The National Highway Traffic Safety Administration has launched an extended investigation into any possible fire risk associated with the lithium-ion batteries in electric vehicles. The $8.75 million study will last through 2014 and will specifically focus on whether or not the cells can catch fire while being charged at home or when in an accident. Automotive News reports that the study was spurred by a recall initiated by computer maker Dell for potentially faulty laptop cells. In certain rare circumstances, the Sony-manufactured cells could overheat and cause a fire.

As Automotive News points out, most electric vehicle batteries are only in danger of overheating during an over-charge situation.

Despite the fact that the vast majority of hybrids on the road today use a nickel-metal hydride battery, the study will focus solely on the danger posed by lithium-ion technology. That's because those cells are forecasted to power up to 70 percent of all hybrids and EVs on the road within the next 10 years.


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  • 28 Comments
      Dam plm
      • 3 Years Ago
      Great! Another useless study coming from our taxes @ $8.75 million!! What is wrong with these people?!
      P
      • 3 Years Ago
      Don't think this is no small matter. I brought a manufacturer's soon to be released EV home for a test and it instantly overloaded my 70 year old garage's electrical system. Smoke, melting, the works. They aren't for everyone and they DO require a bit of home upgrade. This study is not just about the batteries, it's about the different kinds of people plugging them in to different kinds of electrical systems too. Money well spent, I say.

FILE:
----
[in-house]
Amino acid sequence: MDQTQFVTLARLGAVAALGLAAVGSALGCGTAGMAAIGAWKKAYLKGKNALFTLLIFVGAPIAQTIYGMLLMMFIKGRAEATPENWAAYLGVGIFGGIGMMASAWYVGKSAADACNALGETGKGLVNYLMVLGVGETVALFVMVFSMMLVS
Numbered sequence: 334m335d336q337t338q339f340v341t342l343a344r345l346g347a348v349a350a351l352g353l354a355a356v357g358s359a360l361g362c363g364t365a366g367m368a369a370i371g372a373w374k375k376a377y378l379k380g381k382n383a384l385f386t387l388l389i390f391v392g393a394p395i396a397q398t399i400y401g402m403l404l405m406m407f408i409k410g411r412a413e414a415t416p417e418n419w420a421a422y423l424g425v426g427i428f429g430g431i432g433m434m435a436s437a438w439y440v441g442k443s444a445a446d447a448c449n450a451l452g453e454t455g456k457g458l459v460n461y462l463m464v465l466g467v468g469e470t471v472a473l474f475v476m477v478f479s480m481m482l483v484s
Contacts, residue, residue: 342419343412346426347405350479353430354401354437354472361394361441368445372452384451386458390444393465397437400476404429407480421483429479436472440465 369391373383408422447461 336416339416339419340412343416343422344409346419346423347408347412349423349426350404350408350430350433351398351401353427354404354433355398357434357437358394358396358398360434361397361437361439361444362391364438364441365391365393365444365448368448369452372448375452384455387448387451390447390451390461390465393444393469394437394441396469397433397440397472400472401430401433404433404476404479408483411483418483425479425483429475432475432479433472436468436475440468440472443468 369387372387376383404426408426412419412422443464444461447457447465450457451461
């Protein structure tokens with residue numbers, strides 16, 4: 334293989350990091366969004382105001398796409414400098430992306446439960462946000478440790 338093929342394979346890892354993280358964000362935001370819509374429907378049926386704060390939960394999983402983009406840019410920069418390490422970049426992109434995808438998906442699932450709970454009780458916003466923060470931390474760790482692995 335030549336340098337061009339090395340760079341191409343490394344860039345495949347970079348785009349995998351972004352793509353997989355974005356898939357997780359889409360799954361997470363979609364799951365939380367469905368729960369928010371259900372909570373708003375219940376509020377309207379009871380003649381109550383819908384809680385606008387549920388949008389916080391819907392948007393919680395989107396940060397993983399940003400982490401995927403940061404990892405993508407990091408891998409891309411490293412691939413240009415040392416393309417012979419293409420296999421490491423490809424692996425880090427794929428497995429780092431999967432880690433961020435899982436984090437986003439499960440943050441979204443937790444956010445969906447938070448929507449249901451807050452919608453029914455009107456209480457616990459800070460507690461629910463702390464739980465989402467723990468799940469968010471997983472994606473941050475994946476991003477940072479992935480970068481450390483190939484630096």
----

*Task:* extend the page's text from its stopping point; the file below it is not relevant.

2 Wheeled Menace
      • 3 Years Ago
      All the information is already available... But let's spend $8.75 million anyway, ya?
      hudkina
      • 3 Years Ago
      Interesting that Autoblog chose the Volt over the Leaf for this particular story...
        BavidDritton
        • 3 Years Ago
        @hudkina
        Especially since the Leaf uses a passive cooling system on their battery, whereas the Volt is liquid cooled.
        Jac Zobel de Ayala
        • 3 Years Ago
        @hudkina
        Leaf is still yet to prove itself when it comes to combustion. As for the Volt...?
      lne937s
      • 3 Years Ago
      I'll guarantee the fire risk is less than that of gasoline. Virtually everyone has a lithium ion battery on them right now in their cell phone, blackberry, etc.-- not many are worried about catching fire. I think the larges fire risk batteries pose is having high voltages near combustible gasoline in hybrids.
        Brian K
        • 3 Years Ago
        @lne937s
        The difference is that gasoline just sits there, in your gas tank. The problem with the batteries comes when you start pumping to much voltage into them when re-charging them, thus overcharging them, and then they can catch fire or explode. You HAVE to charge your volt, and if something malfunctions in the charging circuit you can be in for a world of hurt.
          lne937s
          • 3 Years Ago
          @Brian K
          Gasoline only just sits there if you are not driving your car. If you are, it is, by purpose, burning.
      mirthbuster
      • 3 Years Ago